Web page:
Social Innovation in China

Social Innovation - Collective Responsibility

“To be a great company, you need to think about what social problem you can solve.”
Jack Ma, Founder of Alibaba

As China’s economy transitions towards maturity, where conversations of balanced growth replace growth at all cost, awareness of social entrepreneurs and enterprises is possible solutions to the environmental, societal, and economic challenges faced. A change in dynamic that will lead to increase opportunities, and markets, for scale.

In fact, as borne through our research, the first organizations are already breaking out. Organizations that were once struggling to be recognized, struggling to find traction in programming, or struggling to find funding, are now finding scale in program portfolios, organizational size, funding, and most importantly impact.

It is a shift of mindset that is also occurring across a range of critical stakeholders:

  • Business leaders are looking at social issues as new markets, and successful social minded enterprises as potential investments
  • Consumers have begun looking for safe, reliable, high value products, and more importantly they are showing that they are willing to pay a premium
  • Non-profit leaders are finding that their organizations are gaining traction as service providers to the government are overcoming their fear of “profit” when planning for the future, and as a result are paying market wages for themselves and their staff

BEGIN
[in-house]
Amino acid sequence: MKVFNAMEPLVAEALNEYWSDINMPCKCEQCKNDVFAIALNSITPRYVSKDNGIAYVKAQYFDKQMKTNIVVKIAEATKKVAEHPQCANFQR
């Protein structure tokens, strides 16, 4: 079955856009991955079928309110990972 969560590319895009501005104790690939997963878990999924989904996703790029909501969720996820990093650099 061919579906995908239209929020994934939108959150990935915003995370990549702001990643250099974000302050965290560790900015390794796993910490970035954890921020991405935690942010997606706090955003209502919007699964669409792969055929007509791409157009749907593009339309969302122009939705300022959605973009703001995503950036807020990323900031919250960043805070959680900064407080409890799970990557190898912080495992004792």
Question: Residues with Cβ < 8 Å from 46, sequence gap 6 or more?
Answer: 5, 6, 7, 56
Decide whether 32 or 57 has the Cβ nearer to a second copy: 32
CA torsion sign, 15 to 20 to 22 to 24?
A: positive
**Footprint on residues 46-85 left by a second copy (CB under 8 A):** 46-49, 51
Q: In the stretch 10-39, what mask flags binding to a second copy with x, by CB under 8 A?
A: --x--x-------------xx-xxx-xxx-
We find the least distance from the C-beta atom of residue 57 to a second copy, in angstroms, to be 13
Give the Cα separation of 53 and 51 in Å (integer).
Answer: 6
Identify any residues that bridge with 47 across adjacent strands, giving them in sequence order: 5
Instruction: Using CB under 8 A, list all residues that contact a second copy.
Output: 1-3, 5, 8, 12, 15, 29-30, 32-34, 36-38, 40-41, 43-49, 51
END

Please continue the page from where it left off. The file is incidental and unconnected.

• Employees are now wiling to leave comfortable lifestyles and jobs behind for the prospect of building a new model for change
  • Universities are forming new programs that move beyond research and into the classroom, with several funding centers and creating master’s levels programs
  • Government agencies hiring social enterprises  and creating new opportunities for entrepreneurs through the government infrastructure, be paid well for their service, and be given access to training opportunities, new programs, and the ability to advocate.

A final trend that we found to be on the cusp of scale is that of Chinese rooted organizations taking their platforms abroad. Until recently there has been very little (if any) interest in outreaching to other countries as China’s own needs have been so large, but this is changing and going forward we see the potential for scaling the lesson and platforms that Chinese entrepreneurs have created into other areas of the world where job creation is a critical need. Where urbanization and settling large migrant populations will be a critical need. Where the expectations of the middle class rise, and new systems for safe food delivery, affordable education, and accessible healthcare are required.

All trends that we believe will provide the foundation for a significant amount of additional traction, and scalability, in the next 3-5 years.

As presented in this report, with opportunity comes challenges, and through our research we have come to understand that the obstacles that entrepreneurs face are often rooted in both the ecosystem that they are operating in as well as in their own business and management models.

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